Drama is reliant on actual character struggles, and unless the villain is a cackling psychopath, they’ve got motivation for what they’re doing.  They have reasoning, logic, and self-justification. They can explain their position and sell that ideology convincingly to others. The means and choice of action may be the point of contention.

You could convince Frank Castle to gun down corrupt millionaires, but not their families unless those family members were equally guilty.  The villain might be killing everyone, snatching up their holdings, and re-purposing the cash to offshore accounts in full Robin Hood of the Guillotine style. They might be killing the rich to terrorize them, stealing from the rich, and feeding war orphans in Somalia. Or fueling their ill-gotten gains into non-profits meant to rebuild infrastructure in poor communities abandoned by their politicians.

5) We’re Similar is an ideological argument, forcing the protagonist to think through their position and allowing the audience to re-consider the narrative.

A “We’re similar” setup is utterly worthless if the two aren’t actually similar. Certainly not in a convincing way, if there’s no ideology or desire at play then the scene just ends up as an ego stroke for the protagonist. There’s a compelling setup which lets the audience and the protagonist think and decide their own ideology in context to the story, or there isn’t.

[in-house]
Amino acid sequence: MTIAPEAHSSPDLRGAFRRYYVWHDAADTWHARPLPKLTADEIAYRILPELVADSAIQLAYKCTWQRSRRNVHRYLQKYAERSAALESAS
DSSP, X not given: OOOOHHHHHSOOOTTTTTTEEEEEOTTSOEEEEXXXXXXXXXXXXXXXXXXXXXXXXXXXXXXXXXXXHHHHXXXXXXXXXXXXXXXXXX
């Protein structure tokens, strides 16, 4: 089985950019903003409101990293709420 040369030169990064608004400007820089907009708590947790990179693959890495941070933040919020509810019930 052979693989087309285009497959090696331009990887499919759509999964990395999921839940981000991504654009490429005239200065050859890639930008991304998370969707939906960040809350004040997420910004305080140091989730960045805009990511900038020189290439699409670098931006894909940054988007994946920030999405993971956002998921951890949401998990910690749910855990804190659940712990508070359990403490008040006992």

Vader’s “Join Me” setup is very compelling for Luke. Luke wants his father, he’s worshiped his father, Obi-wan’s stories about his father are part of the reason why he wants so badly to become a jedi. And everything he believed, everything he was told by the people he trusted turned out to be a lie. “What I told you was true, from a certain point of view.” No, that is a lie. The truth is his father is alive. He may be a villain, but he’s alive and, as far as Luke knows, the last of his family. Luke’s origins are tied up in Vader, his past, his family, his hopes, and his potential for darkness. That’s where the drama is. That is the choice. That self-denial is what makes Luke a hero, just as his trust in his friends, his willingness for self-sacrifice, and his belief in his father’s potential goodness/the hero he once was existing inside the monster.